Red is energizing and stimulating. It’s attention-grabbing, our eyes are drawn to it. Red literally stimulates our brains. Studies have shown that red impacts the nervous system more than any other color; when people look at red their blood pressure rises. Red communicates power, assertiveness, strength, and warmth.
This color represents positivity, warmth, and happiness. It is also often associated with optimism and trust. You’ll see this color a lot in sports team logos and kids’ games because it naturally elicits a positive attitude. It is also often used to represent a deal, so it could be incorporated when the email is a discount or offer.
Be careful with yellow. Although it’s often used to represent fun and playfulness, too much of it or the wrong shade can be off-putting. You don’t want someone running from your campaigns because of a too yellow background! If your team isn’t staffed with a design pro, here’s one tool that can help you choose or use one of the many color palette generators available.
It represents nature, growth, serenity, fertility, and prosperity. Green is calming for our brains. It brings a sense of peace and restoration. However, it also bring a sense of urgency when it comes to making decisions. When used in email campaigns, this color can become a powerful tool for discounts, event invites, and limited product offerings.
This color elicits a sense of calm and luxury. It is also often tied with spirituality and femininity. Purple is a rare color in nature, which is what gives it the sense of wealth and luxury. It has also been found to stimulate the part of the brain responsible for problem-solving and creativity.
Blue is most commonly associated with calm and trust. It also gives a sense of intelligence, communication, trust, efficiency, serenity, duty, logic, coolness and reflection. You’ll notice this color the most in brand logos, especially brands that want to seem friendly and trustworthy like Meta (formally Facebook), IKEA, PayPal, and many, many others.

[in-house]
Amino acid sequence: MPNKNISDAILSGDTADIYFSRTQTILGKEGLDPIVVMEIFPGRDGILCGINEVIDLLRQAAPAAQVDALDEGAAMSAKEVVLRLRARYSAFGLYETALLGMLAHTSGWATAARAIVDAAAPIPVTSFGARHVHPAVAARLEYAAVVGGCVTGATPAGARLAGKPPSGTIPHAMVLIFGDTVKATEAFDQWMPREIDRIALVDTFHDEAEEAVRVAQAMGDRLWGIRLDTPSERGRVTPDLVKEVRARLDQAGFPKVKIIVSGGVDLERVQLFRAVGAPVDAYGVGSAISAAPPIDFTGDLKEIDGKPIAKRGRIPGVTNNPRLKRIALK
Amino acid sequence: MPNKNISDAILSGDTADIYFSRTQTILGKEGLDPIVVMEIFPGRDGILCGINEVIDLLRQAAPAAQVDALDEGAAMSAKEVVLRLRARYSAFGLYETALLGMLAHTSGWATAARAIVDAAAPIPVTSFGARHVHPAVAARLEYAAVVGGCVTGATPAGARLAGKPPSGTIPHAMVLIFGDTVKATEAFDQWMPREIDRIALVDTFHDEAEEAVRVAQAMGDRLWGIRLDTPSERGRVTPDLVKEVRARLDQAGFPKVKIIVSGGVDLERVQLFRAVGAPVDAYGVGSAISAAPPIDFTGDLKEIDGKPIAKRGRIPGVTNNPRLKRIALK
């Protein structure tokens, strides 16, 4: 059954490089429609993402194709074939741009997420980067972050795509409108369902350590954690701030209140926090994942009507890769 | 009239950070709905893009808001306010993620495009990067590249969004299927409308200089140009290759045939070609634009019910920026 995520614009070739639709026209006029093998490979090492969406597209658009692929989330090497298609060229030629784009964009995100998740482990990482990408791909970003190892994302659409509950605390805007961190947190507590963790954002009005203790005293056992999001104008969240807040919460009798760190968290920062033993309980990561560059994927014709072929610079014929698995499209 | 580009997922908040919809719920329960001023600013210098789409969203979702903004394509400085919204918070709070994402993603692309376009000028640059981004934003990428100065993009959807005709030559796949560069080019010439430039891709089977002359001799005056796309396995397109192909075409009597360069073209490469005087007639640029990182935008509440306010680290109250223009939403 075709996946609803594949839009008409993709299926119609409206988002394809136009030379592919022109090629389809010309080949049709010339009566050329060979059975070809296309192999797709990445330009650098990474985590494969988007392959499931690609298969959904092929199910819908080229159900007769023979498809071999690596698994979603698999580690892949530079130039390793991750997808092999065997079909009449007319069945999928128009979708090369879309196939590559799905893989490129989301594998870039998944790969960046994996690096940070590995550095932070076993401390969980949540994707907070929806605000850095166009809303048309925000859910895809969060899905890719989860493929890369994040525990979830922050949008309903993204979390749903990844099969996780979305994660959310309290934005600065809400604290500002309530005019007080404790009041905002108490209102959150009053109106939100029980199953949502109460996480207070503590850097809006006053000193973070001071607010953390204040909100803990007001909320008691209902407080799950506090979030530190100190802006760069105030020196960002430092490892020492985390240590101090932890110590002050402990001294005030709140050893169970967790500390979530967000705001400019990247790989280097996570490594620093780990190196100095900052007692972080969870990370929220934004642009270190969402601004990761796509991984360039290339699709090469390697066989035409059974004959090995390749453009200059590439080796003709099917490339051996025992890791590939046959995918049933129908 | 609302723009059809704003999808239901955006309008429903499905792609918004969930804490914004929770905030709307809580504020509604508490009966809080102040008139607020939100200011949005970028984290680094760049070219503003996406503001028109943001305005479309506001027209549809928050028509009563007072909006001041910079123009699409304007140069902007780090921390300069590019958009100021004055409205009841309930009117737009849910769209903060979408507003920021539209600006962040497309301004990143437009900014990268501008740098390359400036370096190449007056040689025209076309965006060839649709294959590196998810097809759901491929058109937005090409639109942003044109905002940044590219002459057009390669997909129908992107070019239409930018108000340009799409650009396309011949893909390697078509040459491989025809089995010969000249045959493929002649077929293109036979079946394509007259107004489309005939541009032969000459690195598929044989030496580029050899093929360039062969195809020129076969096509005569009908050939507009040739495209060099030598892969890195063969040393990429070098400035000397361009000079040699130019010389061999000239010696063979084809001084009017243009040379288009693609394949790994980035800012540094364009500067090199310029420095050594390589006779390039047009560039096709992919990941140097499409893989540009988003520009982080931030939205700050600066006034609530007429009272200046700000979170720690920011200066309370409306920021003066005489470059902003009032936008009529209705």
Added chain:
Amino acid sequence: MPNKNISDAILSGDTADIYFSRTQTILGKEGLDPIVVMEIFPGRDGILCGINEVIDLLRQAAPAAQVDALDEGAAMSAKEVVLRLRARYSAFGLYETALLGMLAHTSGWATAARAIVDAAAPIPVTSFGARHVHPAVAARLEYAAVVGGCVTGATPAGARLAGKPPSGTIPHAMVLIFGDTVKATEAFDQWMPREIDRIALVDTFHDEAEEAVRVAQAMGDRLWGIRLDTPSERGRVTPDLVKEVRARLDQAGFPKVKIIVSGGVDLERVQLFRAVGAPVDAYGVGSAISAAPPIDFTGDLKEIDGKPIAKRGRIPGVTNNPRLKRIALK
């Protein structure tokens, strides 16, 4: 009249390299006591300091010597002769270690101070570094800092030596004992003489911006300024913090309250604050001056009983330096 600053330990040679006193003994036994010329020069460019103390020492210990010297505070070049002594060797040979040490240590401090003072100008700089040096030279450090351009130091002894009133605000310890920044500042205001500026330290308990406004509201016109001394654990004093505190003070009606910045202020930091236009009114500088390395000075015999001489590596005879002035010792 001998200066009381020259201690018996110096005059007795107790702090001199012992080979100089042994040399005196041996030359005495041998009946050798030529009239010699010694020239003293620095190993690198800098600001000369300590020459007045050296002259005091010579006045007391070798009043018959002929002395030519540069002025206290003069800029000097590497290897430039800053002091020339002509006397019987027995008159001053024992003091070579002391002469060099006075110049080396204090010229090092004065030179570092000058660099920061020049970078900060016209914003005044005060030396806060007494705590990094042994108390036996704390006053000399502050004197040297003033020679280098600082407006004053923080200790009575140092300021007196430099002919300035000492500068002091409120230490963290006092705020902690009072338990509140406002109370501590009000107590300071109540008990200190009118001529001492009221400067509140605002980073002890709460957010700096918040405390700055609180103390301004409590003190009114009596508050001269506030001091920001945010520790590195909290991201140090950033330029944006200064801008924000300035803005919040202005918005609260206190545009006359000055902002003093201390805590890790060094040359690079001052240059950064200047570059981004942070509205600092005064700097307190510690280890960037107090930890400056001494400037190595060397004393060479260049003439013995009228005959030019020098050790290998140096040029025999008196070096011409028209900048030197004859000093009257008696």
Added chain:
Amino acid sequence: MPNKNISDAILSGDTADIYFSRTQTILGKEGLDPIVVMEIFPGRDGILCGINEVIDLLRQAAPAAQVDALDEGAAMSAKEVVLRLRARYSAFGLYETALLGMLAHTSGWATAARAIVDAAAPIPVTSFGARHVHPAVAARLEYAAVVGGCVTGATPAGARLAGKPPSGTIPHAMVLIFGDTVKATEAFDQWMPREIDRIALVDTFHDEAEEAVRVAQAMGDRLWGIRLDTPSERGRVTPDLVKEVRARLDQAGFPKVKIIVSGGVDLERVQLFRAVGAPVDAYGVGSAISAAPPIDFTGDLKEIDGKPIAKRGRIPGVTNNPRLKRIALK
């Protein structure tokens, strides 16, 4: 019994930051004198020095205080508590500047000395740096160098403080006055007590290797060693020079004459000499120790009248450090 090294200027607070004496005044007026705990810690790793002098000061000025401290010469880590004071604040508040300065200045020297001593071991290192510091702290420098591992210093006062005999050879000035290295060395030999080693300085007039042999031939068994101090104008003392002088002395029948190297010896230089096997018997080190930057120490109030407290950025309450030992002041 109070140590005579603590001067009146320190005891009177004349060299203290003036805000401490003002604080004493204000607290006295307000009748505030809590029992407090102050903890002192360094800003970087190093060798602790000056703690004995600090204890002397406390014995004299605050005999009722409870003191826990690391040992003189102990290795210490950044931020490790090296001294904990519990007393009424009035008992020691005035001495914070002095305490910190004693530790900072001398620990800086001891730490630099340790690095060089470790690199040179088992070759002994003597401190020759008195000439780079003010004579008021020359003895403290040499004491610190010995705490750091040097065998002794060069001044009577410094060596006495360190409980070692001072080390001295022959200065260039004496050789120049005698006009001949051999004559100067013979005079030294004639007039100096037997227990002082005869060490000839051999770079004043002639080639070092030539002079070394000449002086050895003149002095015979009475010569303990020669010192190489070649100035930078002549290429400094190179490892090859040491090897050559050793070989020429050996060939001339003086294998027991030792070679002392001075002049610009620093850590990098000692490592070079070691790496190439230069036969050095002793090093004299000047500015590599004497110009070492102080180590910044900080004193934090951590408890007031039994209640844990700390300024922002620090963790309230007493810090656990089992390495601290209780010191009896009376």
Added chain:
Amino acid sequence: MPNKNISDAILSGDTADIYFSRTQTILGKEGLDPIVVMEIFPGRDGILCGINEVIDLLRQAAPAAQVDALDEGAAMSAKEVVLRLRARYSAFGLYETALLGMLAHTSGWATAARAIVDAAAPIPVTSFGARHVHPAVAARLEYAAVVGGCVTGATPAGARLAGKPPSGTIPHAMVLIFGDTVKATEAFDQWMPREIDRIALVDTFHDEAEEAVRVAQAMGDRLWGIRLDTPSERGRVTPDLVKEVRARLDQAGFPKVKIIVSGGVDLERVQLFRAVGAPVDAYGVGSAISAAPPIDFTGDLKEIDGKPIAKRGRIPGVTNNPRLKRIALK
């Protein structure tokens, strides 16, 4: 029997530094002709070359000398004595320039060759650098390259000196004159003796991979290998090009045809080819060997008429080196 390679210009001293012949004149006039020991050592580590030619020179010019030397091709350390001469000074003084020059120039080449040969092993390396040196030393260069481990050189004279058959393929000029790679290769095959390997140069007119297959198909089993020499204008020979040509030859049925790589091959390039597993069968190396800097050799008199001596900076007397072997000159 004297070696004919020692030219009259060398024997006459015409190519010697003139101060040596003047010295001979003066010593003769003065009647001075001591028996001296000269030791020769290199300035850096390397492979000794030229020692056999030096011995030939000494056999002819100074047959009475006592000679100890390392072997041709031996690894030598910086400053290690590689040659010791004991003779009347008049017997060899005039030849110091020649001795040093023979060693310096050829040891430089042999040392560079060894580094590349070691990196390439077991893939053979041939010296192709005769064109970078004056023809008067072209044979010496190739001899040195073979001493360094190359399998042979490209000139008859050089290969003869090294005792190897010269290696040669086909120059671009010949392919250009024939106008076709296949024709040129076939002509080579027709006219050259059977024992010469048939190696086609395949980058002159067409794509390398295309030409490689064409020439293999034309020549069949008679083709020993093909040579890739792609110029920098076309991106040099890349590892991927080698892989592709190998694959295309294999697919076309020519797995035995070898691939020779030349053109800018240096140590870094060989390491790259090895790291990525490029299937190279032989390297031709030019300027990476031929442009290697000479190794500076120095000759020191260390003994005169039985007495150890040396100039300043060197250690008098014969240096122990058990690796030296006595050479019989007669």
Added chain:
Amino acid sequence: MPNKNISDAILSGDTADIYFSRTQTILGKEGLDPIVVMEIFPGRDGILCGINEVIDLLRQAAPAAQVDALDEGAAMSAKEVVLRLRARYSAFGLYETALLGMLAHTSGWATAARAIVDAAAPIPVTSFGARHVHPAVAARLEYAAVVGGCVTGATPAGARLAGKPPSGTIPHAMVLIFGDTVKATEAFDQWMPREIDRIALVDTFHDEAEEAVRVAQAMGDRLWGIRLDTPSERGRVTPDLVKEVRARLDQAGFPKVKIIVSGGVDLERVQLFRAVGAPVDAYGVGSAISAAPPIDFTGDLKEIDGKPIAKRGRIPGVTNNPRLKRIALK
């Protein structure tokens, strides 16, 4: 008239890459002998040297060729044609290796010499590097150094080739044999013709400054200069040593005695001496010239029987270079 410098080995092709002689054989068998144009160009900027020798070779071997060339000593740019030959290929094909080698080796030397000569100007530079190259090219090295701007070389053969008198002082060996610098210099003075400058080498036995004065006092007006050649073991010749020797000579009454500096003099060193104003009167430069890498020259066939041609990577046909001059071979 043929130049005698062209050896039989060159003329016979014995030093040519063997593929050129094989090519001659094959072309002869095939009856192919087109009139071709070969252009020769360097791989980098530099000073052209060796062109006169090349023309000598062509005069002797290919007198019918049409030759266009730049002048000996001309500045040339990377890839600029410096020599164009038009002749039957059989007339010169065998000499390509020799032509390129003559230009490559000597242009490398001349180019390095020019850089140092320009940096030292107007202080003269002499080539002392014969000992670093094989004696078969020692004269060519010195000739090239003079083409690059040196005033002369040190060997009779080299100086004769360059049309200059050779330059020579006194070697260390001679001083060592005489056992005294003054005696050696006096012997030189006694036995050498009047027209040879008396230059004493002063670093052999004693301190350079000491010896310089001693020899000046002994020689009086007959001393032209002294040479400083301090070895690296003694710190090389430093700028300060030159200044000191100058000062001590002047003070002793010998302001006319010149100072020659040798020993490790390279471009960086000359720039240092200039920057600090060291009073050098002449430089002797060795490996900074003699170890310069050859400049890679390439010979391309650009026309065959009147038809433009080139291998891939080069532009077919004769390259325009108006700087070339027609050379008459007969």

This is the color most commonly associated with elegance, luxury, refinement, power, and stability. Dress codes for luxury events usually call for black attire. However, it can also be associated with darkness and fear like on Halloween or in scary movies.
This color is clean and simple — think of crisp white linen or a blank white page. It can give feelings of a fresh start or a clean slate. It represents purity, simplicity, coolness, sophistication, and new beginnings.
With a little creative thinking, you can start working color psychology into your email best practices right away. The goal is finding a few colors that work well for key elements of your marketing, such as orange for announcements or blue for buttons.
You can start using color psychology in your emails right away by:
Being mindful of how you want a reader’s eyes to travel through the email.
Focus on the CTAs or where you want the customer’s eye to go first.
Use colors that are in or compliment the brand palette to tie everything together.
Don’t forget to A/B test! The best way to know if a new design element is working or not is to A/B test it against your regular template. If you would like to get started with email marketing, then contact the V5 Digital Team today.
This article was sourced from our Partners at SharpSpring. With a background in writing, tech support, product training, and community management at SharpSpring, Harryson Pointdujour has years of experience solving problems first-hand and advocating on behalf of SharpSpring’s partners. Most recently, Harryson joined the Product Marketing team to develop high-quality resources and marketing materials that help agencies and SMBs scale.